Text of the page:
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Valtcho D. Zheljazkov, Charles L. Cantrell, Tess Astatkie, and Ekaterina Jeliazkova

‘Scotch’ spearmint ( Mentha × gracilis Sole. = M. cardiaca L.) and ‘Native’ spearmint ( Mentha spicata L.) are well-known and widely grown essential oil crops in many countries, including the United States ( Bienvenu et al., 1999 ; Lawrence

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Brent Tisseret* and Steven Vaughn

The influence of altering the physical environment on the growth (fresh weight), morphogenesis (leaf, root, and shoot numbers) and secondary metabolism (i.e., volatile monoterpene, and carvone) of Mentha spicata L. (spearmint) shoots cultured on MS medium was studied. The type of physical support (e.g., agar, liquid, platforms, or glass supports) using Magenta vessels altered growth and morphogenesis. Mint shoots grown on liquid produced 4-x fold more fresh weight than on agar. Carvone levels were unaffected physical supports. Increasing the frequency of media replacement significantly increased growth without altering carvone. Vessel size influence was tested by culturing shoots on culture tubes, Magenta vessels and ½-gal. jars. Positive correlations occurred between vessel capacity and culture growth, morphogenesis and carvone levels. A comparative study testing several spearmint cultivars on either culture tubes or an automated plant culture system (APCS, a sterile hydroponics system) was conducted. The APCS produced more biomass (e.g., ≈15-x fold increase in fresh weight), morphogenesis and carvone than employing culture tubes. Carvone was only produced from shoots and was absent in either roots or callus. Carvone levels decreased proportionally in shoots as the distance from the shoot terminus increased. Altering the number of media culture immersions (4, 8, 12, or 16 immersions/day) with the APCS was tested. Twelve immersions of media/day was optimum. Higher culture growth rates resulted in lower carvone levels/culture; however, overall carvone levels/vessel increased due to greater biomass production.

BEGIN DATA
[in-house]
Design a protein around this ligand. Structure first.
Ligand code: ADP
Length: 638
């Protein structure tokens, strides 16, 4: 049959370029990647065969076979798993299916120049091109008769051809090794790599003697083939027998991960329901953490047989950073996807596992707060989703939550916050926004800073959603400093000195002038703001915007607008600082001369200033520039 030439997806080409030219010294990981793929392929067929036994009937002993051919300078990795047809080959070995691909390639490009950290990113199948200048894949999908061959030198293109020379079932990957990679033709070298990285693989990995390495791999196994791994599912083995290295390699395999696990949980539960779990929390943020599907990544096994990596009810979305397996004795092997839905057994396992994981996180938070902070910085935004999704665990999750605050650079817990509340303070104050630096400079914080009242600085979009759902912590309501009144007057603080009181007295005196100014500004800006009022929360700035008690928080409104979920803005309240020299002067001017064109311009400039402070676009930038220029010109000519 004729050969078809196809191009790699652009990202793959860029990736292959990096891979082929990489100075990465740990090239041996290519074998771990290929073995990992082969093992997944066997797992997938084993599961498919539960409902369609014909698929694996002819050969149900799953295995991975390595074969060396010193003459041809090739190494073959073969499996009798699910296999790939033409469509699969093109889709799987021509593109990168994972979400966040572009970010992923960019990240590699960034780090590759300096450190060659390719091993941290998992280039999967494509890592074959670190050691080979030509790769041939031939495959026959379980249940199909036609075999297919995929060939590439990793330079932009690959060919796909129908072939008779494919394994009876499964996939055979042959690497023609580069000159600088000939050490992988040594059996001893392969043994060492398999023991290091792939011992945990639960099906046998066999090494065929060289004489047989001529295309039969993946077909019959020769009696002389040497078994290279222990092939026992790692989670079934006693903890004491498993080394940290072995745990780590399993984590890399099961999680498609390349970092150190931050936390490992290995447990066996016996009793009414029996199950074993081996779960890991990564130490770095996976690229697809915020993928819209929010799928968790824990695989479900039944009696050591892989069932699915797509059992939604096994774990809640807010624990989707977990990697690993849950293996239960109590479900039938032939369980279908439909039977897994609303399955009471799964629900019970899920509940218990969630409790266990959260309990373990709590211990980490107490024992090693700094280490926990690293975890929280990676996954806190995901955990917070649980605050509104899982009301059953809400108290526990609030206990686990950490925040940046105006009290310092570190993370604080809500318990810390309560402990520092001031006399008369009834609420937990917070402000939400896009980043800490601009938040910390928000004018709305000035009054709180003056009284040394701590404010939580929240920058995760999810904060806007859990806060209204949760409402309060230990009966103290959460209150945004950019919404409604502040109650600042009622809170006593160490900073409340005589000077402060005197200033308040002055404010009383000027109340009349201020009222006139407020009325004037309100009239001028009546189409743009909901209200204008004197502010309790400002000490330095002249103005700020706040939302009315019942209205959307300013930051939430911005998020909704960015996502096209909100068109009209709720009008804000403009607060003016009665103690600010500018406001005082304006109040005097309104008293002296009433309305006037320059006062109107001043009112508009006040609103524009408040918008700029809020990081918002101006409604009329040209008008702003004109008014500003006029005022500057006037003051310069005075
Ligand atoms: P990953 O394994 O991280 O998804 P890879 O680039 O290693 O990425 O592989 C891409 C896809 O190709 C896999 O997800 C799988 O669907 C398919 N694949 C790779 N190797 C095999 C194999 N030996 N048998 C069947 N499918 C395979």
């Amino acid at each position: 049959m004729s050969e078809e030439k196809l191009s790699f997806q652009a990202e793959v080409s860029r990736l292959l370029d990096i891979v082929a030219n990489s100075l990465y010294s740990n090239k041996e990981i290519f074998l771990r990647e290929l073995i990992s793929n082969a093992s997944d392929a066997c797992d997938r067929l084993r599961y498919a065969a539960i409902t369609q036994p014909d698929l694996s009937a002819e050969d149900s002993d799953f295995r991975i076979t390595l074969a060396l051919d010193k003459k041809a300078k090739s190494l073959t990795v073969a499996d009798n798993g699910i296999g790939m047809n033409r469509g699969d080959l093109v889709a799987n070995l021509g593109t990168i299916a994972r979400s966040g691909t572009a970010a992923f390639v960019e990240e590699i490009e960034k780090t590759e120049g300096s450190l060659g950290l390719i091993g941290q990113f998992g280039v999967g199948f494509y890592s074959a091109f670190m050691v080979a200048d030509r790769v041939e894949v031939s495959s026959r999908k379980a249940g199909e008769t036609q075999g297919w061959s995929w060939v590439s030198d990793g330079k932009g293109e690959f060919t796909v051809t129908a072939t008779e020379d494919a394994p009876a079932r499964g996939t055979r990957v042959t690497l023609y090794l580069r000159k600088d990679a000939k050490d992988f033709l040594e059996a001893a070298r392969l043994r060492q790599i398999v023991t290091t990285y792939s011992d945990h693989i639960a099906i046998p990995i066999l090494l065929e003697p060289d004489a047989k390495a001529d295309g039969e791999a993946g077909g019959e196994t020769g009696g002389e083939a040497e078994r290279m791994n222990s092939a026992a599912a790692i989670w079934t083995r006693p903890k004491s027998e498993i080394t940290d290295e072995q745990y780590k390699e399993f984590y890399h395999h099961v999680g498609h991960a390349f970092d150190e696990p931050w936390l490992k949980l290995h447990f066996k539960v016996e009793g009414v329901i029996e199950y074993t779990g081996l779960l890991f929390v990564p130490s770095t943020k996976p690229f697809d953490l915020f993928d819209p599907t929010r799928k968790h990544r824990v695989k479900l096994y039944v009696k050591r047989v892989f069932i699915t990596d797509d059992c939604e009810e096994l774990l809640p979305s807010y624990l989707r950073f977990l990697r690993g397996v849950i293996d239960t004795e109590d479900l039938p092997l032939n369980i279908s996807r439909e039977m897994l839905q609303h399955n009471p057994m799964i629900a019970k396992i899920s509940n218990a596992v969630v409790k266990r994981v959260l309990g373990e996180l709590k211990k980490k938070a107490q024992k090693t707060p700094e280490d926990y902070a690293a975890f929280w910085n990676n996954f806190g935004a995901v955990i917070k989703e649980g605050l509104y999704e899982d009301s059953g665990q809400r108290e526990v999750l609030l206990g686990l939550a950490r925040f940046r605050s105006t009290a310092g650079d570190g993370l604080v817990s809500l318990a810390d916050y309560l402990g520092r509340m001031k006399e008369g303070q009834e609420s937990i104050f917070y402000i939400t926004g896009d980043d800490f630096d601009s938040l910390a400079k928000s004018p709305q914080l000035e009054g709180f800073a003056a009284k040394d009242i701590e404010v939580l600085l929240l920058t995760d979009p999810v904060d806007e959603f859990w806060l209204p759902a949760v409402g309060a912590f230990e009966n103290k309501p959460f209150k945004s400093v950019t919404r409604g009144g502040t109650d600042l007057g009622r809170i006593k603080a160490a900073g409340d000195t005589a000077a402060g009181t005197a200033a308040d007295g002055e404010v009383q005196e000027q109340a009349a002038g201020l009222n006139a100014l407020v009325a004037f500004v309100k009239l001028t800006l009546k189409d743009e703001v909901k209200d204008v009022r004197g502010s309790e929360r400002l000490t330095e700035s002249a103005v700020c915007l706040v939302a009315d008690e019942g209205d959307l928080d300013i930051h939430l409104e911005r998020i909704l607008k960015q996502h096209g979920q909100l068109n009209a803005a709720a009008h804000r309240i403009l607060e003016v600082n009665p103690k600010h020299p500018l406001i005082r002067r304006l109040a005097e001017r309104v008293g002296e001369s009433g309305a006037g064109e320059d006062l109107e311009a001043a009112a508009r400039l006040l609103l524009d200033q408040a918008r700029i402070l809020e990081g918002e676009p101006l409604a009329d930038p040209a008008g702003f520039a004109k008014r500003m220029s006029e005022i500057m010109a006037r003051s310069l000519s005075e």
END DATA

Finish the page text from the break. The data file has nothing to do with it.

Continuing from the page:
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Valtcho D. Zheljazkov, Tess Astatkie, Thomas Horgan, and S. Marie Rogers

turkey meat to inhibit lipid oxidation and the development of rancid off-flavors ( Mielnik et al., 2008 ). We hypothesized that residual distillation water could have an effect on peppermint ( Mentha × piperita L.) and spearmint ( Mentha spicata L

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Valtcho D. Zheljazkov, Tess Astatkie, and Ekaterina Jeliazkova

The United States is a major producer of EO from peppermint ( Mentha × piperita L.) and spearmints such as ‘Native’ spearmint ( Mentha spicata L.) and ‘Scotch’ spearmint ( Mentha × gracilis Sole.; syn. M. cardiaca L.) [ Lawrence, 2006 ; Mint

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Valtcho D. Zheljazkov, Tess Astatkie, and Ekaterina Jeliazkova

‘Native’ spearmint, Mentha spicata L., is one of the two widely grown spearmints in the United States and throughout the world ( Bienvenu et al., 1999 ; Lawrence, 2006 ; Topalov, 1989 ). The other spearmint is ‘Scotch’ spearmint, which actually

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Annika E. Kohler and Roberto G. Lopez